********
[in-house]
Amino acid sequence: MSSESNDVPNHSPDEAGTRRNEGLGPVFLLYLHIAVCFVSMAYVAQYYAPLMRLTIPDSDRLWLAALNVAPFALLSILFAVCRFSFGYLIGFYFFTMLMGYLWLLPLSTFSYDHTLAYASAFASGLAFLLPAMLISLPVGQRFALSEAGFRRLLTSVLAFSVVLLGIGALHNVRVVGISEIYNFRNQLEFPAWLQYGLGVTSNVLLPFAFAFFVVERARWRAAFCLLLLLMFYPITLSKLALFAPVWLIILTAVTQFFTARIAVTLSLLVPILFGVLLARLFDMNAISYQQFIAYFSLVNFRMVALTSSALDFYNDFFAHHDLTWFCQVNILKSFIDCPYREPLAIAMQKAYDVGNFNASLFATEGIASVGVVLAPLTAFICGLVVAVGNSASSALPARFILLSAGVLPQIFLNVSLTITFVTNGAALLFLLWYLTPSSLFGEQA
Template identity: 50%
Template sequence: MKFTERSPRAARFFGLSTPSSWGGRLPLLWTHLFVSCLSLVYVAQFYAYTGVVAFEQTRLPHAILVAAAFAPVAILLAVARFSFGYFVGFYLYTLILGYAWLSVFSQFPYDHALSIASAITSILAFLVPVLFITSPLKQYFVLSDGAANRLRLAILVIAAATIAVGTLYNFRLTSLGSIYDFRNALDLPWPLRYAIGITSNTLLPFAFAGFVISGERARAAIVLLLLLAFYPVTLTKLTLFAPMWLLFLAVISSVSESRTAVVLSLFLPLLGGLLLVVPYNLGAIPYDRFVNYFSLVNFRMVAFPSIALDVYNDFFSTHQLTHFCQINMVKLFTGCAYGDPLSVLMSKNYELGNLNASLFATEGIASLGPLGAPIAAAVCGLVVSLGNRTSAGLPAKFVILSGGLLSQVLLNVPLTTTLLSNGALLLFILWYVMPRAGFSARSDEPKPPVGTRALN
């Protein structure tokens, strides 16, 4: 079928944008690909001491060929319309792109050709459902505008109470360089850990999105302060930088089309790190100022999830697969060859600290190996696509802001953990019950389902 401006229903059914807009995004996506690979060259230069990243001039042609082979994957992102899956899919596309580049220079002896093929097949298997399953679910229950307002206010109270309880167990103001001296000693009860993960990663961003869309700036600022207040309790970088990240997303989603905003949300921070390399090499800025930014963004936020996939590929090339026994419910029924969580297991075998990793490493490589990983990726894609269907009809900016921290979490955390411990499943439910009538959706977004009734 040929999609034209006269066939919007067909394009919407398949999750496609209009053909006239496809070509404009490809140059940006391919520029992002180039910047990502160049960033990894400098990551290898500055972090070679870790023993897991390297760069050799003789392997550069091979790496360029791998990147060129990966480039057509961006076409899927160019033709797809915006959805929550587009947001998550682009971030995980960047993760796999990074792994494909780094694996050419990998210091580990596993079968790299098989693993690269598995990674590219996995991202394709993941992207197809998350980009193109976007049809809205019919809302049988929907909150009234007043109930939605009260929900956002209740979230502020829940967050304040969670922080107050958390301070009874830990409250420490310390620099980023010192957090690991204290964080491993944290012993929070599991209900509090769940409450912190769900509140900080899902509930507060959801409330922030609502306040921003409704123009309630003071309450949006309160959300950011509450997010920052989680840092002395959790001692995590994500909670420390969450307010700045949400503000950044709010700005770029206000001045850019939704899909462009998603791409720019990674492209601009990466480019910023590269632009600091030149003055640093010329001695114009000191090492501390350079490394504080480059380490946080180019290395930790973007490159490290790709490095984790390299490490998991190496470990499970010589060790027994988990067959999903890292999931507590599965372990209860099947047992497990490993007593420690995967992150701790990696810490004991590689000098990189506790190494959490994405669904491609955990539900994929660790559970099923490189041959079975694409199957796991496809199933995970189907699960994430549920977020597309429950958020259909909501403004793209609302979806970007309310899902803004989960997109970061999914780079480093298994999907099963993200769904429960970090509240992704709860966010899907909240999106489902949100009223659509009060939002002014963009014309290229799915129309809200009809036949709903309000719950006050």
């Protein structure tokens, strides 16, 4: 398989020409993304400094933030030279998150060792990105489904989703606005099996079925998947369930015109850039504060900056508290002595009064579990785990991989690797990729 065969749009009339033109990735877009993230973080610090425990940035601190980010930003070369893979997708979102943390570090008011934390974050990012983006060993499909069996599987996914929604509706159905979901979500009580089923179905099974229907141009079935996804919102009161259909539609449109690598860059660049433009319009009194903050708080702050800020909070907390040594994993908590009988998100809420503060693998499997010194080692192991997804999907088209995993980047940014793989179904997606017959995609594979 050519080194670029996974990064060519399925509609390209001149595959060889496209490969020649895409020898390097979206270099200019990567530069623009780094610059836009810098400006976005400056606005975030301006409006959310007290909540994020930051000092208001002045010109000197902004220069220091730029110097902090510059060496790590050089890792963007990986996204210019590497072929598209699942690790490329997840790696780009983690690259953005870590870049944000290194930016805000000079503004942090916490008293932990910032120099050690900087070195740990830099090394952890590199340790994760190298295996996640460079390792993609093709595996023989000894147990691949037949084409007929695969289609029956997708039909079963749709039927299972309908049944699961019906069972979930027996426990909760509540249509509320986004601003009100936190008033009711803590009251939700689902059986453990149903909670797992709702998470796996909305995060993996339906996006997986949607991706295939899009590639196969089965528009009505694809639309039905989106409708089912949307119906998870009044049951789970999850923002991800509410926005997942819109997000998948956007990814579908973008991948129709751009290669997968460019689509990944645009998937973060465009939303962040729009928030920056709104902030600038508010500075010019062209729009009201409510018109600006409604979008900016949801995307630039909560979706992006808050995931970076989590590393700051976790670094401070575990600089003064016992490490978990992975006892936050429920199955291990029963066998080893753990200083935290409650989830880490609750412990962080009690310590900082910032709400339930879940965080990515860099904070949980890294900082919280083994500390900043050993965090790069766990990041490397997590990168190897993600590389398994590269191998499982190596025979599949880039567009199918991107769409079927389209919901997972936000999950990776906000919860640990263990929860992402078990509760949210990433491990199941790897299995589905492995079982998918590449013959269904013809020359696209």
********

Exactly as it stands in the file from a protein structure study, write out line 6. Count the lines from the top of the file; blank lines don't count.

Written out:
């Protein structure tokens, strides 16, 4: 398989020409993304400094933030030279998150060792990105489904989703606005099996079925998947369930015109850039504060900056508290002595009064579990785990991989690797990729 065969749009009339033109990735877009993230973080610090425990940035601190980010930003070369893979997708979102943390570090008011934390974050990012983006060993499909069996599987996914929604509706159905979901979500009580089923179905099974229907141009079935996804919102009161259909539609449109690598860059660049433009319009009194903050708080702050800020909070907390040594994993908590009988998100809420503060693998499997010194080692192991997804999907088209995993980047940014793989179904997606017959995609594979 050519080194670029996974990064060519399925509609390209001149595959060889496209490969020649895409020898390097979206270099200019990567530069623009780094610059836009810098400006976005400056606005975030301006409006959310007290909540994020930051000092208001002045010109000197902004220069220091730029110097902090510059060496790590050089890792963007990986996204210019590497072929598209699942690790490329997840790696780009983690690259953005870590870049944000290194930016805000000079503004942090916490008293932990910032120099050690900087070195740990830099090394952890590199340790994760190298295996996640460079390792993609093709595996023989000894147990691949037949084409007929695969289609029956997708039909079963749709039927299972309908049944699961019906069972979930027996426990909760509540249509509320986004601003009100936190008033009711803590009251939700689902059986453990149903909670797992709702998470796996909305995060993996339906996006997986949607991706295939899009590639196969089965528009009505694809639309039905989106409708089912949307119906998870009044049951789970999850923002991800509410926005997942819109997000998948956007990814579908973008991948129709751009290669997968460019689509990944645009998937973060465009939303962040729009928030920056709104902030600038508010500075010019062209729009009201409510018109600006409604979008900016949801995307630039909560979706992006808050995931970076989590590393700051976790670094401070575990600089003064016992490490978990992975006892936050429920199955291990029963066998080893753990200083935290409650989830880490609750412990962080009690310590900082910032709400339930879940965080990515860099904070949980890294900082919280083994500390900043050993965090790069766990990041490397997590990168190897993600590389398994590269191998499982190596025979599949880039567009199918991107769409079927389209919901997972936000999950990776906000919860640990263990929860992402078990509760949210990433491990199941790897299995589905492995079982998918590449013959269904013809020359696209």